There is continued hope that a Green Line extension up to Century City can be extended the few miles East to West Hollywood and then Hollywood to link the Green light rail with the Red subway line.

Now that Phase 1 of the Purple Line extension has begun, the $2.821 billion undertaking will take until approximately 2023 to get from its current terminus at Western to La Cienega Boulevard.

More stations are planned for Wilshire Boulevard at La Brea and Fairfax avenues. The entire length of Phase 1 is 3.9 miles.

The Purple Line Phase 2 will extend the subway an additional 2.6 miles, and should be constructed beginning in 2019, taking until 2026 to complete. Phase 3 is to finish the project with the final 2.9 miles ending at the VA Hospital – by approximately 2035.

While the Purple Line budget is approximately $6.3 billion, no one knows how much money will be needed, nor from where METRO will find it to build the project out.

That means that Los Angeles city, county, state and federal officials, in order to see the task completed as envisioned, must stay ever vigilant for new funding mechanisms and any attempts to raid the project of funding.

– See more at: http://www.wehonews.com/z/wehonews/let-the-subway-ground-be-broken/#sthash.DnvHxEa7.dpuf

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christian-bale-batman_articleFor much of the past decade, the name Batman has been synonymous with one man – Christian Bale. Having played Bruce Wayne and the Caped Crusader for all three films in Christopher Nolan’s “The Dark Knight” trilogy, Bale was the rock on which that entire franchise was built and often doesn’t get enough credit for the job he did.

Now, Bale is out there doing press rounds for Ridley Scott’s “Exodus: Gods and Kings” and during his first interviews he was asked about the next man to take on the cape and the cowl – Ben Affleck in Zack Snyder’s “Batman v Superman: Dawn of Justice”. He tells Empire (via CBM) that when he first heard the news of them doing another Batman, he was a bit taken aback at first that he didn’t get to play Batman again:

“I’ve got to admit initially, even though I felt that it was the right time to stop, there was always a bit of me going, ‘Oh go on… Let’s do another’. So when I heard there was someone else doing it, there was a moment where I just stopped and stared into nothing for half an hour.”

The studio of course is going with a decidedly older and more burned out Batman for their new film, along with it being in an entirely different cinematic universe to the Dark Knight Films. Even so, Bale obviously still cares about the character and has already been in touch with Affleck to offer advice:

“I’m 40. The fact that I’m jealous of someone else playing Batman… I think I should have gotten over it by now. I haven’t spoken with Ben, but I emailed him offering bits of advice that I learned the hard way. I would imagine he is doing everything he can to avoid anything that I did.”

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Deputy_AG_James_Cole_WideAgency feels it’s best to give up freedoms, privacy to “keep the kids safe”, Apple and Google say “yea, right”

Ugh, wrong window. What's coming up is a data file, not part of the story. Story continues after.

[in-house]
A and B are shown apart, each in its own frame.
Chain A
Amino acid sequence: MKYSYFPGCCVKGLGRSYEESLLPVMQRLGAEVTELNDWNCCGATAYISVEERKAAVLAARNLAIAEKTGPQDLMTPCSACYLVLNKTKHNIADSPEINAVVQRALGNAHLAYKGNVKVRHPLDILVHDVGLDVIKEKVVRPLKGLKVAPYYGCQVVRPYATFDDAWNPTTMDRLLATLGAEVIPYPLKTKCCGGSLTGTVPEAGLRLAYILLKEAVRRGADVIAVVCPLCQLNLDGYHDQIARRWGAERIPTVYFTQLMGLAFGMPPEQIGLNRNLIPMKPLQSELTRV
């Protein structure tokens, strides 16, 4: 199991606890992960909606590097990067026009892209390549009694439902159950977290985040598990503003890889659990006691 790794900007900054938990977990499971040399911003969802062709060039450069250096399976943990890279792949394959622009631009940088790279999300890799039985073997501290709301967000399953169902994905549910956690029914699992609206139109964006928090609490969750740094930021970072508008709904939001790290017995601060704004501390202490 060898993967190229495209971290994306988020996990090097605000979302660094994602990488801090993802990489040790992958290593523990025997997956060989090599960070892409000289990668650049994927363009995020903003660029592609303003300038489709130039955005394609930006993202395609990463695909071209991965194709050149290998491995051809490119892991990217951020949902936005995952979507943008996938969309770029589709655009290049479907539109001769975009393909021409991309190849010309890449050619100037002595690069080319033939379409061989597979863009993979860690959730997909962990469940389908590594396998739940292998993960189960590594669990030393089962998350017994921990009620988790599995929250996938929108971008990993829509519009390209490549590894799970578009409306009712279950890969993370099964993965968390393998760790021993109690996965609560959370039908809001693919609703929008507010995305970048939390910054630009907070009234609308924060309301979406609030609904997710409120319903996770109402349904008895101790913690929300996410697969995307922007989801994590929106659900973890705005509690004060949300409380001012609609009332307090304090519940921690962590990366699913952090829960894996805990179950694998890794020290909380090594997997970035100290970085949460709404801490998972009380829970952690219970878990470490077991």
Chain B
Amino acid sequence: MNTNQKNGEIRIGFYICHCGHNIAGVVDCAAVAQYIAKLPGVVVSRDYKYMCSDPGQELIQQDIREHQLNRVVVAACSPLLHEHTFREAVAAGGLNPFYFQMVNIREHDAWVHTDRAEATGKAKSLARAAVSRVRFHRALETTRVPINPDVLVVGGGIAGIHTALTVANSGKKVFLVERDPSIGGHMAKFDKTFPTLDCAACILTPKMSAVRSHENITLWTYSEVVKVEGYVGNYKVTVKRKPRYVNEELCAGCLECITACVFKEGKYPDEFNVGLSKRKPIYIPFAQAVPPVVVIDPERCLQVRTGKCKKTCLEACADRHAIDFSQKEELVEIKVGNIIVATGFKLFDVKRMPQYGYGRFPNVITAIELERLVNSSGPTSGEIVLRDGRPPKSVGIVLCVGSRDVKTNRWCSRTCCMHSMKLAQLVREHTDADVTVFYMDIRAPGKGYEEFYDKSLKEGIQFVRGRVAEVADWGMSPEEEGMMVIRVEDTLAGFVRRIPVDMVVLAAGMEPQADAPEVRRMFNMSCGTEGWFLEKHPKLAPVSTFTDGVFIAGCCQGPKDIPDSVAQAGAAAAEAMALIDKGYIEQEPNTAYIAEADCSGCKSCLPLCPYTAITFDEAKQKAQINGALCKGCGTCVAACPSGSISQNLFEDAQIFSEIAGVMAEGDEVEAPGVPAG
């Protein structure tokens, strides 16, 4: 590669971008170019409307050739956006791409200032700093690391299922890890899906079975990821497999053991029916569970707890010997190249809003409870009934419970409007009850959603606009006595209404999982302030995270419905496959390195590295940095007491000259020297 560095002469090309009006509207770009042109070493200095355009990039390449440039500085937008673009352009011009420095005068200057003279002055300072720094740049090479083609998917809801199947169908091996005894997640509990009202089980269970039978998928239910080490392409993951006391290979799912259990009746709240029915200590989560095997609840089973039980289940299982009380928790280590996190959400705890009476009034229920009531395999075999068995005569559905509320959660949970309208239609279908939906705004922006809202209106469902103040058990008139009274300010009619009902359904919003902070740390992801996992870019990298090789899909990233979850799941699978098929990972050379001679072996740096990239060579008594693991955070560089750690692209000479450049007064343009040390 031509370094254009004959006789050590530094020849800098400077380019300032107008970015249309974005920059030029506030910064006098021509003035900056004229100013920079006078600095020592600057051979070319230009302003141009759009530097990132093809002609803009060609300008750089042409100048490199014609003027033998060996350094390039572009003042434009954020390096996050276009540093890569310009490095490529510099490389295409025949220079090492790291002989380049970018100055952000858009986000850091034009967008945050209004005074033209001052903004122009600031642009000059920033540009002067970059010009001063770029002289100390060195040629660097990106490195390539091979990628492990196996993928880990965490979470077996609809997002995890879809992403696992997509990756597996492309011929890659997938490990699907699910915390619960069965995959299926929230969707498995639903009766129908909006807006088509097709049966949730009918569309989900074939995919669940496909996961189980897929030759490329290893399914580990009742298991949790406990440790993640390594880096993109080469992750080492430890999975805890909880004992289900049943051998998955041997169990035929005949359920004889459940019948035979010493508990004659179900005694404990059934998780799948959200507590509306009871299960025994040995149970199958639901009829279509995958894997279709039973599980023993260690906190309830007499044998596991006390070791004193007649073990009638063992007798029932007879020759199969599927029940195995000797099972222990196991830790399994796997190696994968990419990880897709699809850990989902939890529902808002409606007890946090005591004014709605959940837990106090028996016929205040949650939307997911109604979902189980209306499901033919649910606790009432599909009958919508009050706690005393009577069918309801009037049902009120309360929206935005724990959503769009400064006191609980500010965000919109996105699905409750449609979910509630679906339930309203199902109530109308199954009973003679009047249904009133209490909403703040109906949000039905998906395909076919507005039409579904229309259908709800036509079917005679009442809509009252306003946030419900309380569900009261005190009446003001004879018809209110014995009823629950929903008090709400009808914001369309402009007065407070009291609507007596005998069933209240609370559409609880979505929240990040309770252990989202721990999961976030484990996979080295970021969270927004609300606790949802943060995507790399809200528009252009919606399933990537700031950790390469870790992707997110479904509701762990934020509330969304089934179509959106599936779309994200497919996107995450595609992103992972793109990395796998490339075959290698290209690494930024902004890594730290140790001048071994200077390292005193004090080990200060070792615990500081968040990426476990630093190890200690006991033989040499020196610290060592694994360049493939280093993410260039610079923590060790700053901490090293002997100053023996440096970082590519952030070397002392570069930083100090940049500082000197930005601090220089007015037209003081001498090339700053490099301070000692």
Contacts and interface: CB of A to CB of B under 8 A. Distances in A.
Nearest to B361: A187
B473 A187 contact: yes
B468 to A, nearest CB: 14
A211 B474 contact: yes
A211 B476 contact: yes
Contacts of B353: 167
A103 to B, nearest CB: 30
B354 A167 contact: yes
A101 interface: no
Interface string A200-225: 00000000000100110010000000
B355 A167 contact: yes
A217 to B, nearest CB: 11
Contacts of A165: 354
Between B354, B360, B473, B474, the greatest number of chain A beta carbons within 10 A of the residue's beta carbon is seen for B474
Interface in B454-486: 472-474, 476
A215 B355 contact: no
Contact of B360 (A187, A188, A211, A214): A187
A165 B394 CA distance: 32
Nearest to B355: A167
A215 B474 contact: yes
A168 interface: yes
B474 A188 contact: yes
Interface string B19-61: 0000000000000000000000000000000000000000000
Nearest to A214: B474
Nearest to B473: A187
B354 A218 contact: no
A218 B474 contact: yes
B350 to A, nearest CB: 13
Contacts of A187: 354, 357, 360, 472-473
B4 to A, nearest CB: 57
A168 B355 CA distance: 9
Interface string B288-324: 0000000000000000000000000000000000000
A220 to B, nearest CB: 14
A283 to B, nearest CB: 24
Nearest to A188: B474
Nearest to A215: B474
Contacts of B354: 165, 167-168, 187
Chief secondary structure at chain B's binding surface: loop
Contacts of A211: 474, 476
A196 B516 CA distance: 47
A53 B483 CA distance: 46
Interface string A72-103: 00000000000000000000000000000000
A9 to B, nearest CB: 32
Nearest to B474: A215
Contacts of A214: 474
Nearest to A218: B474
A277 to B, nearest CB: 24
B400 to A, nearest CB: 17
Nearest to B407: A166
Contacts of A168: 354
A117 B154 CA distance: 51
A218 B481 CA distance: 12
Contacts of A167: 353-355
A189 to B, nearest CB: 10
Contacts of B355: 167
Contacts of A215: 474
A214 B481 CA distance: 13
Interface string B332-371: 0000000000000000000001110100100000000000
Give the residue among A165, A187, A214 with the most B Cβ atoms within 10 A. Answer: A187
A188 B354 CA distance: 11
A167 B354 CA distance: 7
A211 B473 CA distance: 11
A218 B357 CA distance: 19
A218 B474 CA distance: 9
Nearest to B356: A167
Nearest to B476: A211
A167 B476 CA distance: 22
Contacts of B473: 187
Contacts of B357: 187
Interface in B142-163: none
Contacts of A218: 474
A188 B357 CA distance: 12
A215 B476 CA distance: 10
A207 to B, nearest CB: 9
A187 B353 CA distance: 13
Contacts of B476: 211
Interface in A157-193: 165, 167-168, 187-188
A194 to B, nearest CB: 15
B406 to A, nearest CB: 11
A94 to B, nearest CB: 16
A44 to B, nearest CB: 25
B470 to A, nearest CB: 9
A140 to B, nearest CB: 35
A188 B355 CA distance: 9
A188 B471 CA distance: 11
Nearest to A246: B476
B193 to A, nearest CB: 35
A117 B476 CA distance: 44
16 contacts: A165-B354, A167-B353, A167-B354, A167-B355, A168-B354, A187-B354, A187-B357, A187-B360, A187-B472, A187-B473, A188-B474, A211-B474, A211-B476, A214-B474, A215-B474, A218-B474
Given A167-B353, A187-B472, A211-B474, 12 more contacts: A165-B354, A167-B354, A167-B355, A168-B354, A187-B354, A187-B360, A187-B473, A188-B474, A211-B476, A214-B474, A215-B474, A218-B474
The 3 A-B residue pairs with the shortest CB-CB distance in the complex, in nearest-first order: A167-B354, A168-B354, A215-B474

According to a report in The Wall Street Journal, James Michael Cole, the Deputy Attorney General of the United States (DAG-US), last month met with high-ranking Apple, Inc. (AAPL) executives to discuss their plans to allows consumers to encrypt their personal data on their smartphones.  During the meeting he expressed strong disdain for the company’s privacy protections and lofted a wild argument that his critics complained was inflammatory hyperbole.

I. “Won’t Somebody, PLEASE Think of the Children!”

The report states that DAG Cole, the second highest-ranking official at the U.S. Department of Justice, claimed that children would die if Apple carried out the scheme.

His argument reportedly boiled down to that law enforcement might be able to find details in a missing child case on a suspect’s phone, but be stymied by encryption, leading to a delay in finding the child.  Such a delay, he argued could allow a child to die.

Apple executives weren’t buying into the DOJ official’s hypotheticals.  The WSJ report states:

The meeting last month ended in a standoff. Apple executives thought the dead-child scenario was inflammatory. They told the government officials law enforcement could obtain the same kind of information elsewhere, including from operators of telecommunications networks and from backup computers and other phones, according to the people who attended.

Both Apple and Google Inc. (GOOG) in recent months adopted features that allow users to fully encrypt their pictures, video, messages, and other data on their mobile device.  As mentioned above, while the data on the device is encrypted, data stored in the cloud by Apple or Google is still vulnerable to court ordered data grabs.  Likewise, data stored locally on the user’s PC associated with the device may be less secure, depending on their level of encryption on that computer.

Both Apple and Google have been very cooperative with detecting and reporting child abuse material detected in their messaging and cloud storage services.  In fact, they’ve been so proactive that they’ve actually come under fire from some users who claim the companies shouldn’t be inspect user data for signs of child abuse.